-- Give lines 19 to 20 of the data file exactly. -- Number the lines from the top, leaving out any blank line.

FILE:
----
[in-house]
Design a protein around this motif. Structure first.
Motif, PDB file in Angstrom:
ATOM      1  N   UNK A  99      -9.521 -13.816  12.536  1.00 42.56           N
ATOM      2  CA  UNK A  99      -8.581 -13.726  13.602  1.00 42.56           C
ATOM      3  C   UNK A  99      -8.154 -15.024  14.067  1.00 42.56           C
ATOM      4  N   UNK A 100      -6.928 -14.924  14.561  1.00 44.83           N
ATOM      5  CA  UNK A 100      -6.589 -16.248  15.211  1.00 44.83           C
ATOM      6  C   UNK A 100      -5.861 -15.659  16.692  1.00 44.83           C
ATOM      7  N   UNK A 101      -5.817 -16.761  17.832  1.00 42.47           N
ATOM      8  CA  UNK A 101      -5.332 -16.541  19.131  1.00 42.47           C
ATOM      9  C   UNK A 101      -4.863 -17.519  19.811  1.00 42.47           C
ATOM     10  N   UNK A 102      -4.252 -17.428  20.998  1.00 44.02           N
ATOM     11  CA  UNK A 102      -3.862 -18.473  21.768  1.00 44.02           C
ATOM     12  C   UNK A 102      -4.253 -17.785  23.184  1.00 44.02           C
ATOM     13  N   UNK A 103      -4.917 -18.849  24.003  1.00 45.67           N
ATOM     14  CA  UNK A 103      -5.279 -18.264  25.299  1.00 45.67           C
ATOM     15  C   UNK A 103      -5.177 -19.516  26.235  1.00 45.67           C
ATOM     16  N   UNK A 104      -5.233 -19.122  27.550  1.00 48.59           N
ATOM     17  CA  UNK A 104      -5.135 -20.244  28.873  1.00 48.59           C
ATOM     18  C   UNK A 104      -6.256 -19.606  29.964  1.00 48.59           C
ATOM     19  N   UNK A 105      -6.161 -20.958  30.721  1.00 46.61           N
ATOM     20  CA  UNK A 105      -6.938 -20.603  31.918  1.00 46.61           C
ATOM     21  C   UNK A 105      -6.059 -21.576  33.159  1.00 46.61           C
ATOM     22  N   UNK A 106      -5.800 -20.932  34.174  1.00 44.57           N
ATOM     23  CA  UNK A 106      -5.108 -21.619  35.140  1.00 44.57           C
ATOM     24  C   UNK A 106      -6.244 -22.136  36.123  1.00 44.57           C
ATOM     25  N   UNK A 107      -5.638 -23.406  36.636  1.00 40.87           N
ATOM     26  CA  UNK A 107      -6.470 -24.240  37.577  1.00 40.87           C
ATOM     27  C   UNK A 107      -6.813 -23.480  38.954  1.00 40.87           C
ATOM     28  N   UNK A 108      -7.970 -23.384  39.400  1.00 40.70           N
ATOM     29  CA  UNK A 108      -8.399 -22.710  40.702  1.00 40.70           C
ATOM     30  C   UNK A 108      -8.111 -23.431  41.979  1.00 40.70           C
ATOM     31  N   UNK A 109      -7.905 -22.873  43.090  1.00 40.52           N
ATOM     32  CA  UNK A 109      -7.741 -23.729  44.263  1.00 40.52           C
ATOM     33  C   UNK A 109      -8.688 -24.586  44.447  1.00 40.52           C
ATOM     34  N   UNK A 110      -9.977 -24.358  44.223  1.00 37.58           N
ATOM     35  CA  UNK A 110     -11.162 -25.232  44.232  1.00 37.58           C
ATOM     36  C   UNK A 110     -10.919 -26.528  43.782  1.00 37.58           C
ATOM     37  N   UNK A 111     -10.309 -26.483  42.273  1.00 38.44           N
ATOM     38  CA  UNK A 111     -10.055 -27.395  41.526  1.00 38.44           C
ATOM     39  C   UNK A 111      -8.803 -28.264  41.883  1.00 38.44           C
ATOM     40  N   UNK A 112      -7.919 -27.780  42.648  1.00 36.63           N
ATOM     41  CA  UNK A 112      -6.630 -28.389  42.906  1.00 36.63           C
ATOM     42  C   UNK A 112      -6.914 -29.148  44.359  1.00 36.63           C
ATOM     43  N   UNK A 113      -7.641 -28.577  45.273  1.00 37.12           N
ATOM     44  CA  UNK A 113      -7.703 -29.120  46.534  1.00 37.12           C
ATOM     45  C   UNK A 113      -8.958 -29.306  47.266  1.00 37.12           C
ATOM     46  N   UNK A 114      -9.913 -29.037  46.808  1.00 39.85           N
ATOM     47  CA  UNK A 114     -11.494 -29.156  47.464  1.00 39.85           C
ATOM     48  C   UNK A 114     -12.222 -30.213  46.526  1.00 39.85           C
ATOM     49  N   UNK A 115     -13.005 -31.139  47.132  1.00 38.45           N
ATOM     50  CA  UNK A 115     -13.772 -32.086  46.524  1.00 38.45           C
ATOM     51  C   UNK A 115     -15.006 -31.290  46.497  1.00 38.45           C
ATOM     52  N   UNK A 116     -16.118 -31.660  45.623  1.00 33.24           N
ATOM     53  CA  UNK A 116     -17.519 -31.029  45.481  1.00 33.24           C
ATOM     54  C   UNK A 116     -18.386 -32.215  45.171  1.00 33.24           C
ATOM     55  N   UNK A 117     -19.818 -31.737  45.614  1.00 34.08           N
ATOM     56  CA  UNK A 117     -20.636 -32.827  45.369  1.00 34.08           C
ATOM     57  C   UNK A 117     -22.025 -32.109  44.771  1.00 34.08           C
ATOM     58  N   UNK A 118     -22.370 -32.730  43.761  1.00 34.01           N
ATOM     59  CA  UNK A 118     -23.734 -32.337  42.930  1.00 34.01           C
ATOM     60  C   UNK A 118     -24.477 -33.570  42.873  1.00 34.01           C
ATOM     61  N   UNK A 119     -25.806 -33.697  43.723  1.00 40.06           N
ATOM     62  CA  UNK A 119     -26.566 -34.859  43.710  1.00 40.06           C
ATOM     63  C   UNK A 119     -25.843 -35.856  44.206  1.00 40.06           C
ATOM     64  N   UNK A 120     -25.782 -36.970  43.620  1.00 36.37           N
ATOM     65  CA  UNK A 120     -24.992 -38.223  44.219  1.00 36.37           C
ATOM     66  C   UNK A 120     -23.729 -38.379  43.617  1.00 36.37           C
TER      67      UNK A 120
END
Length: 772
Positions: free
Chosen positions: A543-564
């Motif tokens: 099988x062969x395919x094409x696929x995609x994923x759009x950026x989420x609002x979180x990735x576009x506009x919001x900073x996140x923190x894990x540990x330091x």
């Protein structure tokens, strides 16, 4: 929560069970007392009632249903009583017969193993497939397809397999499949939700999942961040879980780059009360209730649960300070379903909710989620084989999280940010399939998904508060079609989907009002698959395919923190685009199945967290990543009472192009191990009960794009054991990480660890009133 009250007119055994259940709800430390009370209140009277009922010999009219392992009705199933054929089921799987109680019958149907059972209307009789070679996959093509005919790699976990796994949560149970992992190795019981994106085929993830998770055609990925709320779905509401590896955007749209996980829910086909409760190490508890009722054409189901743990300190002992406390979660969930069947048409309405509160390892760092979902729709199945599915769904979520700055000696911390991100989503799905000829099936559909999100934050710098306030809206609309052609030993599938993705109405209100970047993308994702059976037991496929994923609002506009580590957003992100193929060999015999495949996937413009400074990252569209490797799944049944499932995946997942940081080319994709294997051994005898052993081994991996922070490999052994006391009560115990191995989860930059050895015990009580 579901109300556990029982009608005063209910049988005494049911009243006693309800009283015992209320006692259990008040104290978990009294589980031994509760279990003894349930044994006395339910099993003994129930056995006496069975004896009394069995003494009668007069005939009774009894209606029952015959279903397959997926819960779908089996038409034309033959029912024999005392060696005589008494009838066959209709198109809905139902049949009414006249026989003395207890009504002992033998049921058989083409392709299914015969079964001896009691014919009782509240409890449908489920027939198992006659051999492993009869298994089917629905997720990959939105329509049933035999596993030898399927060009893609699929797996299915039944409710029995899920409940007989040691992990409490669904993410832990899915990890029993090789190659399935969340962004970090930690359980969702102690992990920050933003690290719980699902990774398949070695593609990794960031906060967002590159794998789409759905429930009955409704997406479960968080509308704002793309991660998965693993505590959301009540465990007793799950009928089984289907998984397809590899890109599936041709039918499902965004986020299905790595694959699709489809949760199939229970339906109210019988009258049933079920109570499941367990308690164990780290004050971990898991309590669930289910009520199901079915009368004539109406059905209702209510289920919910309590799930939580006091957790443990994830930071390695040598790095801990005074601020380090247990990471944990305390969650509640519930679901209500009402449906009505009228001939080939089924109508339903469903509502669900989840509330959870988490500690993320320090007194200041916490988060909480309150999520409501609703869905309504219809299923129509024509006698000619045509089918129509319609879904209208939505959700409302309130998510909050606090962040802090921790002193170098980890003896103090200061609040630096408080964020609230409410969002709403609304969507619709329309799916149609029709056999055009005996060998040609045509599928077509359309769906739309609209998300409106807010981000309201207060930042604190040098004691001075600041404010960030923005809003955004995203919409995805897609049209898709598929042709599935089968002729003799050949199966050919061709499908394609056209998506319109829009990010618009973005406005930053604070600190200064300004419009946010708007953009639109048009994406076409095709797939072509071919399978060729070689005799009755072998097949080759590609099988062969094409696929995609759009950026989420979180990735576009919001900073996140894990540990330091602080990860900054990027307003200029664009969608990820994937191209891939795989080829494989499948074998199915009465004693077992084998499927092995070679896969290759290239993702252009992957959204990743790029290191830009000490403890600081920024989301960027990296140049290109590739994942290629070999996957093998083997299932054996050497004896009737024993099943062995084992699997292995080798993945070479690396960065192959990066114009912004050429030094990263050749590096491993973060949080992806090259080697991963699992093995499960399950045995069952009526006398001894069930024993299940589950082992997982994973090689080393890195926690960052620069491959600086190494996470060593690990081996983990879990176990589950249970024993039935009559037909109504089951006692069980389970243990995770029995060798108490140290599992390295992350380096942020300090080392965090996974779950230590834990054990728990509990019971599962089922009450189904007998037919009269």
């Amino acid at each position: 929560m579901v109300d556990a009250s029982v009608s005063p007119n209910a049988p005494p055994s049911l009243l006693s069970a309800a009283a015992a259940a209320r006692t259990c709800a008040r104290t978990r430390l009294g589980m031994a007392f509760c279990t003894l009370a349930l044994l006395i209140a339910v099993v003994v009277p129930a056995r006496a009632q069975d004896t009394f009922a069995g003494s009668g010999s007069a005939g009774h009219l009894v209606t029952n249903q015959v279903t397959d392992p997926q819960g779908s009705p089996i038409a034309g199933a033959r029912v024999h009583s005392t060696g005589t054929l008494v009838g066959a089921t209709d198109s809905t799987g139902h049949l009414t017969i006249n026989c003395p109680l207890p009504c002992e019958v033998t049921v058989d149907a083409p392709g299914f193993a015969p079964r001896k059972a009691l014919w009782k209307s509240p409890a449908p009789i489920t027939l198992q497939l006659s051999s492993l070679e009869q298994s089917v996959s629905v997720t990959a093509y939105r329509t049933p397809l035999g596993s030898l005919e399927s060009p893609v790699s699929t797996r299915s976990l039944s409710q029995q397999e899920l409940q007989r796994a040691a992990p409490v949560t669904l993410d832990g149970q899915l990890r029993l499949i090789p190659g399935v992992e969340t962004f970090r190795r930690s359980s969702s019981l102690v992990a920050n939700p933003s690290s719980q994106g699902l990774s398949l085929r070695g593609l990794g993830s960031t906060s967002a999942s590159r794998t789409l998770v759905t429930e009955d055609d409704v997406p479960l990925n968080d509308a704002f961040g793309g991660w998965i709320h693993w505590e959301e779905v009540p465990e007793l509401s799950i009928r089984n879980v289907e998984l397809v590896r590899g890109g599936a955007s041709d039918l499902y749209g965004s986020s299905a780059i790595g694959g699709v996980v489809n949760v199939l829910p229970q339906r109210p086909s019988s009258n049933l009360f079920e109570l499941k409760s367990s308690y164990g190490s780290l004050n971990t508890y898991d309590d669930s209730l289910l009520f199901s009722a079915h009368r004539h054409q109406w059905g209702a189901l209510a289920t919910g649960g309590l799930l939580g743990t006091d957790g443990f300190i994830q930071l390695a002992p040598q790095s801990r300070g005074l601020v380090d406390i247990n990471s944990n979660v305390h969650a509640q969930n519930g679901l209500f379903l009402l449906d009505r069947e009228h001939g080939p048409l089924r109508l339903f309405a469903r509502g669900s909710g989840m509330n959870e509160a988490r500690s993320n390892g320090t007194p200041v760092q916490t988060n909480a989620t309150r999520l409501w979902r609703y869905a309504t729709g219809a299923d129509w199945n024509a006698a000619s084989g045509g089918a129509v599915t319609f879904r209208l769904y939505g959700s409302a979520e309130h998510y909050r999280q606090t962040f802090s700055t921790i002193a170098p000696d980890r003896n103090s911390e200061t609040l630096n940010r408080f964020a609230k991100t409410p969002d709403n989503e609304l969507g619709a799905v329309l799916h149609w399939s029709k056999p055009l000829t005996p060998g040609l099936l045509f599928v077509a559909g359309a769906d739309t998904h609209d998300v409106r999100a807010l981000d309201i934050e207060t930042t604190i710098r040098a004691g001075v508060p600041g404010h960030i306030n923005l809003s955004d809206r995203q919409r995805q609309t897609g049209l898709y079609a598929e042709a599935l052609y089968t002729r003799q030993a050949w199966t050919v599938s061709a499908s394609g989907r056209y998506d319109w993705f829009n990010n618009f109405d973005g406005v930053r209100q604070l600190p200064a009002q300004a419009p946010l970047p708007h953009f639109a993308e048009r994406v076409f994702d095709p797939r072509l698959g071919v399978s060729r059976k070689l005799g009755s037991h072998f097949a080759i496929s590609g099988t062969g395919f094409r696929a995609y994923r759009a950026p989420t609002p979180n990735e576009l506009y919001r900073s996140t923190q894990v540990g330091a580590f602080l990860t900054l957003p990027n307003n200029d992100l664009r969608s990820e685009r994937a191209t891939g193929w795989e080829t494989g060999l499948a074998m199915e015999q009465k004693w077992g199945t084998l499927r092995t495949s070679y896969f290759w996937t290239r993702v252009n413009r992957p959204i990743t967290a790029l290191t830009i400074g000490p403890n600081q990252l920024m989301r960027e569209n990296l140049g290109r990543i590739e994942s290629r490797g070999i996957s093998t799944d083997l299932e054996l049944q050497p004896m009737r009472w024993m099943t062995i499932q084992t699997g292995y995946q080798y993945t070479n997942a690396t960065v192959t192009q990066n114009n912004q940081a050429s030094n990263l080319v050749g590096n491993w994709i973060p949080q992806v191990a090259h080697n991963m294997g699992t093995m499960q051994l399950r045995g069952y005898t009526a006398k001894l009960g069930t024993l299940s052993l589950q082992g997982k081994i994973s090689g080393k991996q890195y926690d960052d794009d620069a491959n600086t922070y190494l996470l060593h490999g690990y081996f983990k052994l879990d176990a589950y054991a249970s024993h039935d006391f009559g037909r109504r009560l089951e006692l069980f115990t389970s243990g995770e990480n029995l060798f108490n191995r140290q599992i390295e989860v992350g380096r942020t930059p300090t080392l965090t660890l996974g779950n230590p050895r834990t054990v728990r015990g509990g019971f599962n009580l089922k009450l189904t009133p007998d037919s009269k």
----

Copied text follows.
ATOM     16  N   UNK A 104      -5.233 -19.122  27.550  1.00 48.59           N
ATOM     17  CA  UNK A 104      -5.135 -20.244  28.873  1.00 48.59           C